I’m nowhere near the first person to say this, but it’s nevertheless worth shouting out loud: Getting Curious With Jonathan Van Ness is exceptional listening. The chief reason as to why is right there in the title: the Queer Eye star is a vivid interviewer whose curiosity is sharp, sprawling, infectious. That’s a real and rare gift, and its depth is further expressed by the strength of the show’s archives. Even a cursory glance at the list of previous episodes reveals a devilishly vast scope of the world, with interview subjects that range from gender bias in film scoring to the difference between Sunni and Shia Muslims to the definition of cults to, of course, the lives of his fellow Queer Eye co-stars. (The consistent quality of the podcast’s growing catalogue also reflects the effective wielding of another uncommon skill: smart booking. Getting Curious often builds experts around the subject being discussed, and almost everyone that’s been brought on has been perfectly engaging in front of the mic.)
Van Ness is a natural on-air interviewer: he listens, collaborates, vibes. He gamely leans into the give-and-take of effective conversation, deploying biography to cultivate trust and a permission structure for the interviewee to open up. He’s also damn fun, and damn funny. Binge-listening to Getting Curious episodes additionally serves as a reminder that as much as interviewing is hard, interviewing as a performance is so much harder.
Anyway, I’m not writing about Getting Curious today just because I think it’s an exceptional interview show. There’s also a pretty interesting story to be told about its production history, one that have something to tell us about the nature of celebrity — or, more accurately, on-the-verge-of-celebrity — podcasts.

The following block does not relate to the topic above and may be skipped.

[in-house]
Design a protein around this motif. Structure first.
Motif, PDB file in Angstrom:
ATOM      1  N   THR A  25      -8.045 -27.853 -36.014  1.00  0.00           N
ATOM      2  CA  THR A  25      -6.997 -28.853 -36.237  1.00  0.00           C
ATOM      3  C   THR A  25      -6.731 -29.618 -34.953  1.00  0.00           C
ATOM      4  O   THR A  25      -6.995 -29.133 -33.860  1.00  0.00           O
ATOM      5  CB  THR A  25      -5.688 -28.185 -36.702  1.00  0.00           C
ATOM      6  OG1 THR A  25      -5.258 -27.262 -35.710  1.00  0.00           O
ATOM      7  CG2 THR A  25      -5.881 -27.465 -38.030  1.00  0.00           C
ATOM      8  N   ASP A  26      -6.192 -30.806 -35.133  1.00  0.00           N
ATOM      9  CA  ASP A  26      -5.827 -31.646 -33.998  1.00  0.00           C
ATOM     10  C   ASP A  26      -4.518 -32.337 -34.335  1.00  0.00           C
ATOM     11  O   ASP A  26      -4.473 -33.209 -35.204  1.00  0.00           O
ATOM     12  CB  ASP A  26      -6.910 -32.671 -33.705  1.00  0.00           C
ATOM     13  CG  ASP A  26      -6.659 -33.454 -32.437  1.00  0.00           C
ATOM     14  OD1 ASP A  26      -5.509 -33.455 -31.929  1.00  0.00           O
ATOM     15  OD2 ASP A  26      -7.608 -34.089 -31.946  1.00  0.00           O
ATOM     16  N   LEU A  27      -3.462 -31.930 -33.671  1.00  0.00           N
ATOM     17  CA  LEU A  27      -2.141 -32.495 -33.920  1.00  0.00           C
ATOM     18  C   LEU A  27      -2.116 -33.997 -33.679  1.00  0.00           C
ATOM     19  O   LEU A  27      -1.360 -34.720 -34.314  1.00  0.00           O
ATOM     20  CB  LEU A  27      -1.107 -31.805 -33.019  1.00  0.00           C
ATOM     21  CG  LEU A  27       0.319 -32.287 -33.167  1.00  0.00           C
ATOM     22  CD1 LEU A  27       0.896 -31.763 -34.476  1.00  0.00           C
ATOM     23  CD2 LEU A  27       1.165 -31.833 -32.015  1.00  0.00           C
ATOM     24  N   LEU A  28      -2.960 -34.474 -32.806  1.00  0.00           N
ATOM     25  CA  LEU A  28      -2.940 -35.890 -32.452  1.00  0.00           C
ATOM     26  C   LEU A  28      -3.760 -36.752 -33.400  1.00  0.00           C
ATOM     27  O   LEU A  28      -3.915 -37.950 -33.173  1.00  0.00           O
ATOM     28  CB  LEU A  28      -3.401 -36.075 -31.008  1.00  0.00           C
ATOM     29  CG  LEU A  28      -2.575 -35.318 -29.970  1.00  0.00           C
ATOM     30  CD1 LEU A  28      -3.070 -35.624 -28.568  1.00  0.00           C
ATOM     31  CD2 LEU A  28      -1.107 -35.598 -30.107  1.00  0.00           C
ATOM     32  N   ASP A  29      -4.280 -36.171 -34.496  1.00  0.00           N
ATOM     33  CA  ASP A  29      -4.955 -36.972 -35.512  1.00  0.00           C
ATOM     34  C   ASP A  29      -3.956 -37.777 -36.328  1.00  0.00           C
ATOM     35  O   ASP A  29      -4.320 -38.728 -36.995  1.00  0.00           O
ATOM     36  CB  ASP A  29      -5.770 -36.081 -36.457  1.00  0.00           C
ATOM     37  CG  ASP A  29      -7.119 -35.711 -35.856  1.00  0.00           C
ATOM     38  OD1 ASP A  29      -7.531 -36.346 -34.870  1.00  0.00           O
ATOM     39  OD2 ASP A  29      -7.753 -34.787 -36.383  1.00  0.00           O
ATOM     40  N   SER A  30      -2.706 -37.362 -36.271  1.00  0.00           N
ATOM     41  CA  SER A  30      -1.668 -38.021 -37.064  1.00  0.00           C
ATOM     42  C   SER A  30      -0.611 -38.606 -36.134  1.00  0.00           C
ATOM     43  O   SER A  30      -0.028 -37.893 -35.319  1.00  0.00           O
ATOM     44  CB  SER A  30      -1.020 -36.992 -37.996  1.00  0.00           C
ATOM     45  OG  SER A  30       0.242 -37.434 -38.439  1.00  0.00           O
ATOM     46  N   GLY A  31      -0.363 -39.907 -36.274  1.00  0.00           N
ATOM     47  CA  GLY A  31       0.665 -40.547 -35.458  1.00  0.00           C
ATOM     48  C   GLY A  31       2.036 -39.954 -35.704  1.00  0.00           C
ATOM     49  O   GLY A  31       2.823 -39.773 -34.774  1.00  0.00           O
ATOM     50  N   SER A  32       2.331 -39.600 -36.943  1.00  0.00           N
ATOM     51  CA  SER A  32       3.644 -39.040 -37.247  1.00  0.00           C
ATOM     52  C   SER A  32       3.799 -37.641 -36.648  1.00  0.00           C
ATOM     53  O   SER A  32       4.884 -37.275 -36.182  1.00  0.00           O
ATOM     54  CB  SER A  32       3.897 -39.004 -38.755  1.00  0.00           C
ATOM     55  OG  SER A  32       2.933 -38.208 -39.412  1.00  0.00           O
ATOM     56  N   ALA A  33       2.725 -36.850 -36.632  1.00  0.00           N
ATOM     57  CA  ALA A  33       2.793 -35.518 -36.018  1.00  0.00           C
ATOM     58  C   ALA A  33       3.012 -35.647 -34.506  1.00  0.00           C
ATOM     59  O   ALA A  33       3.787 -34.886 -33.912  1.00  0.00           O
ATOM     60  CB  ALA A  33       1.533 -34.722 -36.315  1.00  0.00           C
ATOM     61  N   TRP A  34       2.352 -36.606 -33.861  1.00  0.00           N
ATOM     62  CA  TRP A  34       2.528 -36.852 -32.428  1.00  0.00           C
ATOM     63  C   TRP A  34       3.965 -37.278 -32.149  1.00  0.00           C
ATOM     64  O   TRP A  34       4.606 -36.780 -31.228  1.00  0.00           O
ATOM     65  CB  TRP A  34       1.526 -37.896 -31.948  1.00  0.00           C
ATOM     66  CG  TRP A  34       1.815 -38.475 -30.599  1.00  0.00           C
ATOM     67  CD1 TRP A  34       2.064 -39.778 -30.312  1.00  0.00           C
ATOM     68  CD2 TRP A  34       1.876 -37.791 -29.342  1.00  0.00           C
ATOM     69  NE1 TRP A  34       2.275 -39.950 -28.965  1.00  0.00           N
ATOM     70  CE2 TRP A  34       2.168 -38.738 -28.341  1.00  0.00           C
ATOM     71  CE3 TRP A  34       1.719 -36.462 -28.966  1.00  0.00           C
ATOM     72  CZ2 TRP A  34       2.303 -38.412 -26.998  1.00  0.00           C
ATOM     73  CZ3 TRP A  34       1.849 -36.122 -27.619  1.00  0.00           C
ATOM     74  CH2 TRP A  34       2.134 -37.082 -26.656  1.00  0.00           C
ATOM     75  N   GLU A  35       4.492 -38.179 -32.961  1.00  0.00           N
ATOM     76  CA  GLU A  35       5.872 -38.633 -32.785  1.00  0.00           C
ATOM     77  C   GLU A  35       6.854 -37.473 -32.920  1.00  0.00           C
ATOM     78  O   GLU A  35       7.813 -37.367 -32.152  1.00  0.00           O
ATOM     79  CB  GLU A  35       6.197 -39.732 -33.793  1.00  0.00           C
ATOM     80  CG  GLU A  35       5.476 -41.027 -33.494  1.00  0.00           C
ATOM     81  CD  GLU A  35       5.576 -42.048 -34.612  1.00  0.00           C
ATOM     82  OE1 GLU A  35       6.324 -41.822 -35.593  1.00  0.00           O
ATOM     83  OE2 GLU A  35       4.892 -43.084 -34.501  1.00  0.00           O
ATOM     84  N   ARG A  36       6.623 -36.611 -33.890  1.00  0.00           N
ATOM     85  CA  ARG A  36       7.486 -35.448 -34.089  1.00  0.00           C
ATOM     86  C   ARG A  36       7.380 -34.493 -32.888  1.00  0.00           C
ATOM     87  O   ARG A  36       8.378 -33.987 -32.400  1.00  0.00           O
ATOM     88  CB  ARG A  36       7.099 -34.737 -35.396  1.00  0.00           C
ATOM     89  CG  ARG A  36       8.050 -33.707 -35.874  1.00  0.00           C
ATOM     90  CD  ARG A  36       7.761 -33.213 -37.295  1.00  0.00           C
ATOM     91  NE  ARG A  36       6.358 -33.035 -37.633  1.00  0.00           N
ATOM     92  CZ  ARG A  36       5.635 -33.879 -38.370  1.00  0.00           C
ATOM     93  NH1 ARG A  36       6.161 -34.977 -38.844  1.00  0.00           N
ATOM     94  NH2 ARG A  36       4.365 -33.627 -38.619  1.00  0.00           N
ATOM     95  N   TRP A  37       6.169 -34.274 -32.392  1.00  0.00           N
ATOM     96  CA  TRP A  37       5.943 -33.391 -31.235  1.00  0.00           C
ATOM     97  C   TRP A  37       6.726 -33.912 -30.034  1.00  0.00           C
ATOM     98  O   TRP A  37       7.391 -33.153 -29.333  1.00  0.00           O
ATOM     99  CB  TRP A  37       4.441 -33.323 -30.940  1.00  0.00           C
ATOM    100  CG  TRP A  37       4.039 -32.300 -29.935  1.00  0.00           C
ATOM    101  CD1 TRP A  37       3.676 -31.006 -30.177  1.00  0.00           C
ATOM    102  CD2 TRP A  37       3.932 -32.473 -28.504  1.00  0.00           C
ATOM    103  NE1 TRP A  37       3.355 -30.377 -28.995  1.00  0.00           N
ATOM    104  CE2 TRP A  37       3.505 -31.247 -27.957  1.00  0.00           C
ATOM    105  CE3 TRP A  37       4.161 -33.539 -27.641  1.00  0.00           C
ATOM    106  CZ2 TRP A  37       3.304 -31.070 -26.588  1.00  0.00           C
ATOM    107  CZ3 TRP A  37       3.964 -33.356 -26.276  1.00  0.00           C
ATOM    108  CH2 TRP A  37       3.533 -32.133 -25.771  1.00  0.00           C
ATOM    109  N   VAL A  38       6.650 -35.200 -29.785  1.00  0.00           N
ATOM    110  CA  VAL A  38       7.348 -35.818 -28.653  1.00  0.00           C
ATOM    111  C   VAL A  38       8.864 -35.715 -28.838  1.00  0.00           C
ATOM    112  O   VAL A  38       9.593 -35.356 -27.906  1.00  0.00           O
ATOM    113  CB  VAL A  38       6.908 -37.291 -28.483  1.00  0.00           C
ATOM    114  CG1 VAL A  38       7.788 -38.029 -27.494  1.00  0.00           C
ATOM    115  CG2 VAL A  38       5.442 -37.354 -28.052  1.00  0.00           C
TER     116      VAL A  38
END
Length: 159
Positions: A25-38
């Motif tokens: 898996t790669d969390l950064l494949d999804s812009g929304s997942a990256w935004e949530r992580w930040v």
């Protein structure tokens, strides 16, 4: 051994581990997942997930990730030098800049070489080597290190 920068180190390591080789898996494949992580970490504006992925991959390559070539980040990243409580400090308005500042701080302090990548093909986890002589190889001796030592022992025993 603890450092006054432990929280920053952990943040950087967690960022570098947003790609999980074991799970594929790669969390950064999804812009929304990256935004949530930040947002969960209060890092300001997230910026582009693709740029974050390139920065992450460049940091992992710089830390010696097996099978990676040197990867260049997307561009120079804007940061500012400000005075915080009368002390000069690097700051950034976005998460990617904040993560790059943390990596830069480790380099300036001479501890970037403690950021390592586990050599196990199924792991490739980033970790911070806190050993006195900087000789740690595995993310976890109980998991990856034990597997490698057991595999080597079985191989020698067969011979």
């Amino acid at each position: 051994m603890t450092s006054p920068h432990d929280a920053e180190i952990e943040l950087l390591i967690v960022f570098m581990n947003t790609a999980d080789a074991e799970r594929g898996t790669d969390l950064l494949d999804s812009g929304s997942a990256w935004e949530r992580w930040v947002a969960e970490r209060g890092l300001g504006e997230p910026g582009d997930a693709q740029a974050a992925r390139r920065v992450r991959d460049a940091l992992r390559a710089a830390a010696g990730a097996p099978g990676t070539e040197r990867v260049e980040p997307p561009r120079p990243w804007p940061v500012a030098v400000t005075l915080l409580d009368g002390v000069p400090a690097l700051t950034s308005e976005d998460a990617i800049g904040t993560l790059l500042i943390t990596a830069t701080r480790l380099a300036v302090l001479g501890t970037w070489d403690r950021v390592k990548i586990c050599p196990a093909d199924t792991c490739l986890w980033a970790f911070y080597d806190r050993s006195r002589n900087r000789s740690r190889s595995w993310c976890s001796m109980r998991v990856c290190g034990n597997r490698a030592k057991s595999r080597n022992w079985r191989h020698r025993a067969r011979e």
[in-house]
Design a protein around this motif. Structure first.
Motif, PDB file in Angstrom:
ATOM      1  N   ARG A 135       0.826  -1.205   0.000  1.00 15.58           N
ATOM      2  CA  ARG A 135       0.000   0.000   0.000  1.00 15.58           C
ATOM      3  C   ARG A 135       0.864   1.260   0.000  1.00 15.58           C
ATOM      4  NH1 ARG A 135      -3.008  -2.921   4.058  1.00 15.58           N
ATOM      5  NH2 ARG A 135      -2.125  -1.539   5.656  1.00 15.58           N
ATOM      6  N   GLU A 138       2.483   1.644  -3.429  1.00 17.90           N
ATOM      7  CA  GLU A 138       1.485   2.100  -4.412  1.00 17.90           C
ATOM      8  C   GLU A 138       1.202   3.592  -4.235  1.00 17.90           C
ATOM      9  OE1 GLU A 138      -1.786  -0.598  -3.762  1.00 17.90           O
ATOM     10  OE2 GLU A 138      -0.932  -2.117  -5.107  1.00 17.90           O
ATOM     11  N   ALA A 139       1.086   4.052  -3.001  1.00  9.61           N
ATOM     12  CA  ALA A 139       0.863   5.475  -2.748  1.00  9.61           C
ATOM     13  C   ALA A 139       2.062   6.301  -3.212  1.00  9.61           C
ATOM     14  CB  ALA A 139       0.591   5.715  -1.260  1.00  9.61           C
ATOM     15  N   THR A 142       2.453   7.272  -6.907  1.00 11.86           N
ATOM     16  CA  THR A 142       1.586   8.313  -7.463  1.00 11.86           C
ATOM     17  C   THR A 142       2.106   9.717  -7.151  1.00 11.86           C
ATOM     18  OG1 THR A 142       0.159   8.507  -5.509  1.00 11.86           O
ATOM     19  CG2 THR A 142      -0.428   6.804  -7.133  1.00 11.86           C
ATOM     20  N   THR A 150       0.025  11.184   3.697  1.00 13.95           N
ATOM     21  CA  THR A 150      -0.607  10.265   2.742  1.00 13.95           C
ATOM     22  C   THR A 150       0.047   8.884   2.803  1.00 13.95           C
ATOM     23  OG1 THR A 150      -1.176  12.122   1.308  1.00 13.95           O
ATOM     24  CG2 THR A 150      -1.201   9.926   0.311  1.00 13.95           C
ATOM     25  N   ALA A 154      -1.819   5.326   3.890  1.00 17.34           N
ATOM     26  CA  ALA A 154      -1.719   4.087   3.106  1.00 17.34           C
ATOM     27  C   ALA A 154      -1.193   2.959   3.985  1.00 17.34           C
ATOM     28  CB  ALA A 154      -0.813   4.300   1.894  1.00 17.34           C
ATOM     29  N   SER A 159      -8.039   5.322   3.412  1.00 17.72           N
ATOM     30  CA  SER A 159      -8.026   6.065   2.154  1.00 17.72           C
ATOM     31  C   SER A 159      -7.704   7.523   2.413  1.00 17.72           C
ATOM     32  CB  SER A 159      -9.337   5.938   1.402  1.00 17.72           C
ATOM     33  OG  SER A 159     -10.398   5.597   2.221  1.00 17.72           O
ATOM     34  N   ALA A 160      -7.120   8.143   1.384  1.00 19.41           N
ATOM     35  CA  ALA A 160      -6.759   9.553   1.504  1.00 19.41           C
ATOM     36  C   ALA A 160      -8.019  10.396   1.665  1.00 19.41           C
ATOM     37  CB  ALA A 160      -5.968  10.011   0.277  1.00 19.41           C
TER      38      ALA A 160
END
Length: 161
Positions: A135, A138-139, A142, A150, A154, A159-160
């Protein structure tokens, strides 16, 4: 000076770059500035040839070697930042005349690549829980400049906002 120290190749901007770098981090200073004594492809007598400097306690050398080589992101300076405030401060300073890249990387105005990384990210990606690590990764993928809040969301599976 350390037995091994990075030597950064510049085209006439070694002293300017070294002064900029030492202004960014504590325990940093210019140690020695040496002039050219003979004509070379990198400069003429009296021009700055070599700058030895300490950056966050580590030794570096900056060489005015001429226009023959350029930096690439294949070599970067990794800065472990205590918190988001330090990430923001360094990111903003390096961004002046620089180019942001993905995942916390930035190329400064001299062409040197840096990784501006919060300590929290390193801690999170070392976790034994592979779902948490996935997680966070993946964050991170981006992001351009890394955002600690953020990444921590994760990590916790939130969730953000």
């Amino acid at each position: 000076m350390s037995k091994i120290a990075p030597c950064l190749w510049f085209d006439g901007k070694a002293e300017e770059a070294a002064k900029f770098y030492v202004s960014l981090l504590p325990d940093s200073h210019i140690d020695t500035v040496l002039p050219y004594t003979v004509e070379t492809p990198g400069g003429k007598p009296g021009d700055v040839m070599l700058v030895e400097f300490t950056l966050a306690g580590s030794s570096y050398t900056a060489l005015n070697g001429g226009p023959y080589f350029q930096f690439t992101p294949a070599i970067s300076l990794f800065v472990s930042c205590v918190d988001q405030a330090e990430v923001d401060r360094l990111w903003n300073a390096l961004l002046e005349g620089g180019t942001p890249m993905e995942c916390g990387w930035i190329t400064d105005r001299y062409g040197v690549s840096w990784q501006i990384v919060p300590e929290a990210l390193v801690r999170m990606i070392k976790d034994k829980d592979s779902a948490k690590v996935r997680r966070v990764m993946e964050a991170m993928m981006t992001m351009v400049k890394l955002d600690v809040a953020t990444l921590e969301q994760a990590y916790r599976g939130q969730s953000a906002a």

Here’s how the story goes, as told to me by various sources on the network-level: Van Ness originally developed and launched Getting Curious in December 2015, foremostly as a passion project. He had, by that time, gained some popularity for his work on Gay of Thrones, the Emmy-nominated Funny Or Die parody web series. With the help of producer Colin Anderson, a BBC alumnus who was then working at Maximum Fun that Van Ness had connected with through mutual friends (podcasters Erin Gibson and Dave Holmes), the podcast began publishing on a bi-weekly schedule. At the time, the podcast was an official Maximum Fun production.
About a year into publishing, in late 2016, Anderson left Maximum Fun for Midroll Media. A few months after Anderson’s departure, Maximum Fun winded down its arrangement with Van Ness. “We started Getting Curious with Jonathan because we believed in his incredible, incandescent talent, and that never changed,” Jesse Thorn, founder of Maximum Fun, told me over email. “As the world is now getting to see, he’s a brilliant, sensitive, thoughtful and hilarious guy. We worked really hard to bring Getting Curious to a larger audience, but were never able to get enough folks to check it out to sustain the production, much less pay Jonathan what he deserved to get paid for it. Ultimately, we gave the show back to him in the hopes that in future, circumstances would change.”
And then, of course, it did. As the story goes, the day after Maximum Fun cancelled Getting Curious, Van Ness booked Queer Eye.